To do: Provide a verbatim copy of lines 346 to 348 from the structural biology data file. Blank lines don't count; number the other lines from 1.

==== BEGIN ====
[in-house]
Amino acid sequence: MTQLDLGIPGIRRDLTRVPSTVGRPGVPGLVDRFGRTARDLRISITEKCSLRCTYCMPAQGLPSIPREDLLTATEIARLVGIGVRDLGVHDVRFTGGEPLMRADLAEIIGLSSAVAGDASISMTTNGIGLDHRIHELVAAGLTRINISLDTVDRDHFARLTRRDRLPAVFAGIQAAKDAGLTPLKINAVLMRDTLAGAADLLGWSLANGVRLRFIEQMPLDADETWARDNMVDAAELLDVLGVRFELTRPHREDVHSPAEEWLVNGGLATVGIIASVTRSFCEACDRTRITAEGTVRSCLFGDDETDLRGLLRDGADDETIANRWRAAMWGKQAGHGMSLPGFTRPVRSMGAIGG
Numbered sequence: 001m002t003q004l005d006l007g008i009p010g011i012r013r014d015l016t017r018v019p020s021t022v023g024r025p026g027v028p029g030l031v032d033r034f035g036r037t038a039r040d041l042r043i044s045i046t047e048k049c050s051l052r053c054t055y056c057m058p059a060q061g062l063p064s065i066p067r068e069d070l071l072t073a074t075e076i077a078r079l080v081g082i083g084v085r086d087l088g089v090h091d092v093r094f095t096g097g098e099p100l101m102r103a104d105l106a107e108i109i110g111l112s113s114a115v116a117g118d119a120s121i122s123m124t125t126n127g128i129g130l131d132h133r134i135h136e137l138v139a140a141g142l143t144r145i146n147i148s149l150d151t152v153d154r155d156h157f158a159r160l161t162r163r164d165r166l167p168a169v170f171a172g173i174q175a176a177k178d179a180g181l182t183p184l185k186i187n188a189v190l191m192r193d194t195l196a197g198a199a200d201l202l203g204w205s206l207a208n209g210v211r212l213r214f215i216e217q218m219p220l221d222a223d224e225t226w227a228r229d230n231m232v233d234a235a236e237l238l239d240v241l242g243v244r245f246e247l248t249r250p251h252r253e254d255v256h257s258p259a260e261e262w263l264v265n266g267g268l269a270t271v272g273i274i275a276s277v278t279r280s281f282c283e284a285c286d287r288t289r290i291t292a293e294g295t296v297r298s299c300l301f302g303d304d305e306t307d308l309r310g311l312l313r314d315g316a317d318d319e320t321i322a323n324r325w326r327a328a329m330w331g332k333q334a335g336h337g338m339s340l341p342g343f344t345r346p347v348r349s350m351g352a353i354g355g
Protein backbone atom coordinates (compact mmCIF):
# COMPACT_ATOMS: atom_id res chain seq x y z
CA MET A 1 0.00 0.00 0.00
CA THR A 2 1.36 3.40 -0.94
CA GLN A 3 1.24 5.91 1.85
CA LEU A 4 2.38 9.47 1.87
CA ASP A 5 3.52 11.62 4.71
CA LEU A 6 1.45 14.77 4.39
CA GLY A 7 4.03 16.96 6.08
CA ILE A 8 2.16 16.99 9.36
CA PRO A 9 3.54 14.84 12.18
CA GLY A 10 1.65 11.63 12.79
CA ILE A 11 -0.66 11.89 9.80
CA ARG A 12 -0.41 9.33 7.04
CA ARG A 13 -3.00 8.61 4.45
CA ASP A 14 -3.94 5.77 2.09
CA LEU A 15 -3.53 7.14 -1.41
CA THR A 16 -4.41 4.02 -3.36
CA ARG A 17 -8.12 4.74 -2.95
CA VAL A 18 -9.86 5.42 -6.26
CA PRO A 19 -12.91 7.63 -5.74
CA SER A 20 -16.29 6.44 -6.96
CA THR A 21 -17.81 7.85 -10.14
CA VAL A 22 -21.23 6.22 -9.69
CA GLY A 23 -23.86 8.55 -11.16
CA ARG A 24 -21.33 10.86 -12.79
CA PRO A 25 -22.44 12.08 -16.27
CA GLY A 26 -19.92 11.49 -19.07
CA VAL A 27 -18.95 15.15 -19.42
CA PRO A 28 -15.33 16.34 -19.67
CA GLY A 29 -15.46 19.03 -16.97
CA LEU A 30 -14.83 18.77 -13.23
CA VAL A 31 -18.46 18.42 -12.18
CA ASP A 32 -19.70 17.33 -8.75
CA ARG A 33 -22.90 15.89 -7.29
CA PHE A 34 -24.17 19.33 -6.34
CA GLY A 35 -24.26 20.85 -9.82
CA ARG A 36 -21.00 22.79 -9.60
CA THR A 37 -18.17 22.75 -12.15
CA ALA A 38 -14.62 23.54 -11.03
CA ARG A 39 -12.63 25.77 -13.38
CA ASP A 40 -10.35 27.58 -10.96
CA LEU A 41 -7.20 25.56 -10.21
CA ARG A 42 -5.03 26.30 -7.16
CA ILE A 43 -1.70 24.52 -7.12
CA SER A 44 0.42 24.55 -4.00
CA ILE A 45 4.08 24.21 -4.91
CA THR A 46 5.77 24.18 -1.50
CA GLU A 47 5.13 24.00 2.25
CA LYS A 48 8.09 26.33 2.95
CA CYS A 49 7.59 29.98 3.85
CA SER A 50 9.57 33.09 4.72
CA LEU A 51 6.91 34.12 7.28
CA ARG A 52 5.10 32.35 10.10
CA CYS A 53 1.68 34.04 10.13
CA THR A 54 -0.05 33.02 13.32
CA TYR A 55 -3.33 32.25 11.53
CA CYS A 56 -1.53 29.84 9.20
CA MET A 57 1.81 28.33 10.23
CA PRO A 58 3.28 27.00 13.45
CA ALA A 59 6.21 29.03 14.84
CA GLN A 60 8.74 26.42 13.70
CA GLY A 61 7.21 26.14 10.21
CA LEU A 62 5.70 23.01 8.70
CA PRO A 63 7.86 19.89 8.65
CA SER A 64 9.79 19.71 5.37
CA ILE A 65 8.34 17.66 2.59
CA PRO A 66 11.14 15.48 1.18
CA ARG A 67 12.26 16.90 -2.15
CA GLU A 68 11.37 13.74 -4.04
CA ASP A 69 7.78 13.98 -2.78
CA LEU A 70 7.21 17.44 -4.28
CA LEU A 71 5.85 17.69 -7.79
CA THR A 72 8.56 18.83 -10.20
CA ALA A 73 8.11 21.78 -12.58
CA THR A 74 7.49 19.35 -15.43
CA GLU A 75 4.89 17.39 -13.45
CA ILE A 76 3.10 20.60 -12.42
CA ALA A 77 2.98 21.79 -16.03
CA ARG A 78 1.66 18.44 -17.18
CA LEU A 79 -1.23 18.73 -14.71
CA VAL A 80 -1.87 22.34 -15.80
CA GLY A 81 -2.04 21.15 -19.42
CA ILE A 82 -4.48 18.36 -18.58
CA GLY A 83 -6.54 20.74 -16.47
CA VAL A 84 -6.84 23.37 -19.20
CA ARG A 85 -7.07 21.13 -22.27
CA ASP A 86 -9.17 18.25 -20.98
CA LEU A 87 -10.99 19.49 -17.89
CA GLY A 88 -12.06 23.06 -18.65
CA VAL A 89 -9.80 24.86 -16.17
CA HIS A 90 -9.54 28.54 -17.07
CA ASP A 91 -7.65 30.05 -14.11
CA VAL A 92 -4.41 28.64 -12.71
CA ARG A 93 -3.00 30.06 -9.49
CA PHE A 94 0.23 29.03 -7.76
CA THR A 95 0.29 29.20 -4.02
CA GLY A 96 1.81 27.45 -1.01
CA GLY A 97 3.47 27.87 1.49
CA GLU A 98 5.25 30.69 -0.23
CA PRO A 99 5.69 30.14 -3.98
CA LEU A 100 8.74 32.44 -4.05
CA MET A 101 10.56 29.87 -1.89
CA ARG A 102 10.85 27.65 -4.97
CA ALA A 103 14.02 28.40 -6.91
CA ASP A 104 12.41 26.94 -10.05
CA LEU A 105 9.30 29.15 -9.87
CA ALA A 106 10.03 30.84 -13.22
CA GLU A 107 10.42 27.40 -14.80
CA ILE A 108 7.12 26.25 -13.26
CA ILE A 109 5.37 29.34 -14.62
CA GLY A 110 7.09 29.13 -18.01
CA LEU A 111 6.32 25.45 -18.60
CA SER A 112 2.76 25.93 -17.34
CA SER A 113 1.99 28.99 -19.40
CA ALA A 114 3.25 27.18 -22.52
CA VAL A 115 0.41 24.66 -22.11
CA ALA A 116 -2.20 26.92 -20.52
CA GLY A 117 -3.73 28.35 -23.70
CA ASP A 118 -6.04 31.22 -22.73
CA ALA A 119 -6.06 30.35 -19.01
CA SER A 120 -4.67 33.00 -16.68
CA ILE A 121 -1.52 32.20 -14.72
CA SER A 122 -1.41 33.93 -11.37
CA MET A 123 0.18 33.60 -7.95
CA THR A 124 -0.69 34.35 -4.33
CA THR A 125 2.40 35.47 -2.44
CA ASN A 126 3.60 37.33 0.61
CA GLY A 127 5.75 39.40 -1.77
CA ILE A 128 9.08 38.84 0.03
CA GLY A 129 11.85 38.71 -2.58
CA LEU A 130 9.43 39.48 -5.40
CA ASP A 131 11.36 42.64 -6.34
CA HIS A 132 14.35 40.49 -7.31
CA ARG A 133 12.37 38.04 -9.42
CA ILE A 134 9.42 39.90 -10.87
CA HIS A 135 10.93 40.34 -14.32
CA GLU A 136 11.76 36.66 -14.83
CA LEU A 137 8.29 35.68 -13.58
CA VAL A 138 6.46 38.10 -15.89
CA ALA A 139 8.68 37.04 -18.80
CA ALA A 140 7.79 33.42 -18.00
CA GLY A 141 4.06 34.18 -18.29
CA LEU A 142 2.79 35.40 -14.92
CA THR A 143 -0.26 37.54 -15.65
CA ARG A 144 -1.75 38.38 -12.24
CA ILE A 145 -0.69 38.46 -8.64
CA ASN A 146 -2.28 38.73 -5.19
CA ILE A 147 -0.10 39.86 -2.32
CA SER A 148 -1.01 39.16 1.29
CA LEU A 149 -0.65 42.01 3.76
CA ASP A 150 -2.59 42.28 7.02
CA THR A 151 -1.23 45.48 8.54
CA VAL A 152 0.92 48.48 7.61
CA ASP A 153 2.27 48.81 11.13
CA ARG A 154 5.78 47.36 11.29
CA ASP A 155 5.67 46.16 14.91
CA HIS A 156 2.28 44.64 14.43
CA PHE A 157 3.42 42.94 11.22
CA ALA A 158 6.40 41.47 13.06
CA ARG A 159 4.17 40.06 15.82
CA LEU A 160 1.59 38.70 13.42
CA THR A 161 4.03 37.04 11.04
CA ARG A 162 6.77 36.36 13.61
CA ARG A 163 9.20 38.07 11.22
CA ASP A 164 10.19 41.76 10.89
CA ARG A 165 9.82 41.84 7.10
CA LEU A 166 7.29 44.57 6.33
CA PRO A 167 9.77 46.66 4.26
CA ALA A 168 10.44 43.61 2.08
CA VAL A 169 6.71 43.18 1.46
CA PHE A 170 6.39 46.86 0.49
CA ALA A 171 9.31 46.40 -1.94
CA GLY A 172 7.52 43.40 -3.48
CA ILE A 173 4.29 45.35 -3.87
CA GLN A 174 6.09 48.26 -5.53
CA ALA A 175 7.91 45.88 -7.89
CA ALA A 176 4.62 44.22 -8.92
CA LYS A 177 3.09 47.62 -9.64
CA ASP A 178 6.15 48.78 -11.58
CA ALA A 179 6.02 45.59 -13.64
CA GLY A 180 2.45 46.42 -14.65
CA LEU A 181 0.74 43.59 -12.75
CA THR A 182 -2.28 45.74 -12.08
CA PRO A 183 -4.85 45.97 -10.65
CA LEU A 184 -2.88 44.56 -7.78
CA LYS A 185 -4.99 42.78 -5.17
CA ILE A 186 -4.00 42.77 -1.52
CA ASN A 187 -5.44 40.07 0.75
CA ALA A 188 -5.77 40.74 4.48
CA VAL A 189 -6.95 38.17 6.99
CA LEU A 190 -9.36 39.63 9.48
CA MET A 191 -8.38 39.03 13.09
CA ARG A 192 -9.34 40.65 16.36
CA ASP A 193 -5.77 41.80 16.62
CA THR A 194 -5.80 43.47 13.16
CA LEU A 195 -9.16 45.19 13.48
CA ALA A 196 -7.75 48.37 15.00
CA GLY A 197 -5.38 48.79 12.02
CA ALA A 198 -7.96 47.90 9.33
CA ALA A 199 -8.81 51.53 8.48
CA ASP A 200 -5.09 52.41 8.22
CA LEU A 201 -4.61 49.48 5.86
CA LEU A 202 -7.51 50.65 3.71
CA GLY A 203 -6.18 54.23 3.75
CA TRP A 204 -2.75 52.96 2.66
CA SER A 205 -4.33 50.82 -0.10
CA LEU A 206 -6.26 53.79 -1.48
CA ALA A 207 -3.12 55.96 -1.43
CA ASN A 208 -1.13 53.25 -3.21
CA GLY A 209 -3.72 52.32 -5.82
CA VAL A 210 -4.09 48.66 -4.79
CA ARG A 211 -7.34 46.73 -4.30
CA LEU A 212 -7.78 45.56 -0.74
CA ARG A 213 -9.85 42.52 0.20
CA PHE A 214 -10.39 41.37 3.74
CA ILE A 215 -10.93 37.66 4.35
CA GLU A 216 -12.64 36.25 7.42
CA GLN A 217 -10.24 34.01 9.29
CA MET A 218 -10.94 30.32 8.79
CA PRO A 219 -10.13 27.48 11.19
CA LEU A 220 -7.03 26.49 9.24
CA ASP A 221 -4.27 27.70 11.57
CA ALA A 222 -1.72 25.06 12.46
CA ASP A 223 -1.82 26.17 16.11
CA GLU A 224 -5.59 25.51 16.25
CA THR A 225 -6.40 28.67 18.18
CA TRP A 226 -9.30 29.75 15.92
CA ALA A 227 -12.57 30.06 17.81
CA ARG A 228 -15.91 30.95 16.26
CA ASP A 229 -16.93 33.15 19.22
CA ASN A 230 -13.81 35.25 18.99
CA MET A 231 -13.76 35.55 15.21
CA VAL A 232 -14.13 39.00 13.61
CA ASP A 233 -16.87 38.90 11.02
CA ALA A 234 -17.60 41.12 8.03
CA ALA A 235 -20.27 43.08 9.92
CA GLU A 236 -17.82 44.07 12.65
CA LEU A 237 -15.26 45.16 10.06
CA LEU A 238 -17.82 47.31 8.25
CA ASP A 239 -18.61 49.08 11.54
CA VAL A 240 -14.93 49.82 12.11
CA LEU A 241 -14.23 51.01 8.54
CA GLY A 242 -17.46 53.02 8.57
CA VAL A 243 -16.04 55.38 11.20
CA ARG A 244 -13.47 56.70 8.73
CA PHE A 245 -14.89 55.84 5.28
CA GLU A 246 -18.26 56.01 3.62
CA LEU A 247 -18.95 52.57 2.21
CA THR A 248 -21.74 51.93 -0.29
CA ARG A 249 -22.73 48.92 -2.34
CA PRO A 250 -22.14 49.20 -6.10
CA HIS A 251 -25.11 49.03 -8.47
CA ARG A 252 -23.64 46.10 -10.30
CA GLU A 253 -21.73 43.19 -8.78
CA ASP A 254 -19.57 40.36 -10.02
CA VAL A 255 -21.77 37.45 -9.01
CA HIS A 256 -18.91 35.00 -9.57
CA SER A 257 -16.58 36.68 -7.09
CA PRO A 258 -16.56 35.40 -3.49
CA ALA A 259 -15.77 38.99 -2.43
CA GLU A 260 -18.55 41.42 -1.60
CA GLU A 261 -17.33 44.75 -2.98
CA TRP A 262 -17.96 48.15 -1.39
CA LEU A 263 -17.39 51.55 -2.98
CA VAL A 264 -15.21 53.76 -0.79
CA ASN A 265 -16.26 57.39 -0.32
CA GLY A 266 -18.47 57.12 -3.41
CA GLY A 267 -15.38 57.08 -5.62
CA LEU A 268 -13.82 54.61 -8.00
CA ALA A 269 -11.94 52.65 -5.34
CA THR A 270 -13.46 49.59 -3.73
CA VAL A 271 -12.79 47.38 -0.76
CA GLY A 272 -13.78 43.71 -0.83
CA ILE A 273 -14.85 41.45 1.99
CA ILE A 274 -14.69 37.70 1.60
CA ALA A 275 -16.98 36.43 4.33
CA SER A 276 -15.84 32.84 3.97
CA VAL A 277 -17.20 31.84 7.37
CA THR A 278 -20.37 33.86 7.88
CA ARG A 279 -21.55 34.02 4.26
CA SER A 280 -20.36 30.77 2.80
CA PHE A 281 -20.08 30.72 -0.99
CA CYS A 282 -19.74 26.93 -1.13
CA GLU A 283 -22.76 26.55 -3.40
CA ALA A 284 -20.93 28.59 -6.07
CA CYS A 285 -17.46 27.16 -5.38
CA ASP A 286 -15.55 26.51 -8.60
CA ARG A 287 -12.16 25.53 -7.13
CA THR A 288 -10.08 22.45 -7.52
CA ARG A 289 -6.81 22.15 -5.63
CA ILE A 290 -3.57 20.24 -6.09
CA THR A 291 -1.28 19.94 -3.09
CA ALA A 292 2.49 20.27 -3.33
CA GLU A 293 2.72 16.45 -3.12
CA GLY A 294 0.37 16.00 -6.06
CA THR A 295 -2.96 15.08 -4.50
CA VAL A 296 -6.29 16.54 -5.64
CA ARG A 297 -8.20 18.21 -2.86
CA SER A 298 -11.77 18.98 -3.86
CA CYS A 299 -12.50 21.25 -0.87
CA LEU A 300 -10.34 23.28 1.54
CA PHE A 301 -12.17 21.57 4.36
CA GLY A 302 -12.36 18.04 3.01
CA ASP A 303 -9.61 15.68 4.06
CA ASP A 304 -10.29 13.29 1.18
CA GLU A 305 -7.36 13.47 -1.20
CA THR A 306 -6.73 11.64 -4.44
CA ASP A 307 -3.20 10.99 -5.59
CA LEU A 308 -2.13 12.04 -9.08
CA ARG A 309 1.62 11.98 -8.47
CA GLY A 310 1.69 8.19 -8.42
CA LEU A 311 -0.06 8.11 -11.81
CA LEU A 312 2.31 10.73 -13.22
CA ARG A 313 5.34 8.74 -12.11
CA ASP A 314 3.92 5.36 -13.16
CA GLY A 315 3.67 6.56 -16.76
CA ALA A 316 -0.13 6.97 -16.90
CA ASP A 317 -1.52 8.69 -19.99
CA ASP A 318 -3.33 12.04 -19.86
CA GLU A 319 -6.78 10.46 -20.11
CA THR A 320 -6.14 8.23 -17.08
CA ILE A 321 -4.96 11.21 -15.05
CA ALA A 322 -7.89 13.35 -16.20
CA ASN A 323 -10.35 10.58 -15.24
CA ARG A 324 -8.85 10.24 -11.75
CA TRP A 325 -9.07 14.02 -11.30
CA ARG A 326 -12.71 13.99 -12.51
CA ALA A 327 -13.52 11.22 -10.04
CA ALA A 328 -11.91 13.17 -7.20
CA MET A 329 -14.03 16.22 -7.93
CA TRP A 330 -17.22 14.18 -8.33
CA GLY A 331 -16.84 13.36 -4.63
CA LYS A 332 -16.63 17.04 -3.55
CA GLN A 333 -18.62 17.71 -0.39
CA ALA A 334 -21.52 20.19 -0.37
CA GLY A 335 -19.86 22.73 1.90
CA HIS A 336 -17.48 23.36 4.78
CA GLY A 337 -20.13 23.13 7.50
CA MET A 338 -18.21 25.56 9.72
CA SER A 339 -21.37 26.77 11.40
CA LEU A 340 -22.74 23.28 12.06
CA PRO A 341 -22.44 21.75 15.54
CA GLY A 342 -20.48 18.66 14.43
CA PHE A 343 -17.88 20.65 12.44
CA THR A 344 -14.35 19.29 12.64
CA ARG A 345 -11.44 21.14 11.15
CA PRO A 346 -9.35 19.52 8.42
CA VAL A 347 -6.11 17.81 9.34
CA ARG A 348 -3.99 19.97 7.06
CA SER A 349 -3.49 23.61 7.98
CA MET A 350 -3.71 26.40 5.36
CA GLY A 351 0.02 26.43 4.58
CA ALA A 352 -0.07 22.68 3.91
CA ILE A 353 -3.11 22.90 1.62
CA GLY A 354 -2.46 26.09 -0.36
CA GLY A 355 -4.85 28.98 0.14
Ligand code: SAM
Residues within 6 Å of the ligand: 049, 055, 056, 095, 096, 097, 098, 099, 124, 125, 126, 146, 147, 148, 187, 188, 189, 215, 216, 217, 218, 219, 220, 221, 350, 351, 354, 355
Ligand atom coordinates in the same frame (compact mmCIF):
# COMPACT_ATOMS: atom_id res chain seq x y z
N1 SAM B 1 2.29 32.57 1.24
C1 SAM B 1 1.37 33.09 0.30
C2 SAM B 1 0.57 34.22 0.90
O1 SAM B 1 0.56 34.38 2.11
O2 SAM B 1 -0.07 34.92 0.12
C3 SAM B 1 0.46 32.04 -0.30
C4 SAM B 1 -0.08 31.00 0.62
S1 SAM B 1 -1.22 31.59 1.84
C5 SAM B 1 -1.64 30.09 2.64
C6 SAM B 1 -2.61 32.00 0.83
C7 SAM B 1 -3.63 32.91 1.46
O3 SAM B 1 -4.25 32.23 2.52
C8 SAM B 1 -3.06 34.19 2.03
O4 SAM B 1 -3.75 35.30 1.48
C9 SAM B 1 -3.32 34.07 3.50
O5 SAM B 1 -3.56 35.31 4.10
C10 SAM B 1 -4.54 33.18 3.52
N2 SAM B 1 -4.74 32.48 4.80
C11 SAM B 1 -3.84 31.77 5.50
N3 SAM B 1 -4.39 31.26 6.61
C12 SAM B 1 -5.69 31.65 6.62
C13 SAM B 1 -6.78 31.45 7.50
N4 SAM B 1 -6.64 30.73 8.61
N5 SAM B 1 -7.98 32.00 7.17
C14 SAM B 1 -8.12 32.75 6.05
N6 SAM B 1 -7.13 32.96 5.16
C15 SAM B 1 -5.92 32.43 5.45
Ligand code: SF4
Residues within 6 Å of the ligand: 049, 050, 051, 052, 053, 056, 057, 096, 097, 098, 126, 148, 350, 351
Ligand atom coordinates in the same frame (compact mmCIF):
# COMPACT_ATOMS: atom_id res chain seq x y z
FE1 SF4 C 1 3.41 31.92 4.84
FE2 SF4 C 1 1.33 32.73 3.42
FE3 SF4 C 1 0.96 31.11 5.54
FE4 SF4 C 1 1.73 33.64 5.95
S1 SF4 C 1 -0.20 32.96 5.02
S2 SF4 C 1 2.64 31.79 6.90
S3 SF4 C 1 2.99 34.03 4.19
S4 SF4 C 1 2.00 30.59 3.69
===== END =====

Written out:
CA PRO A 341 -22.44 21.75 15.54
CA GLY A 342 -20.48 18.66 14.43
CA PHE A 343 -17.88 20.65 12.44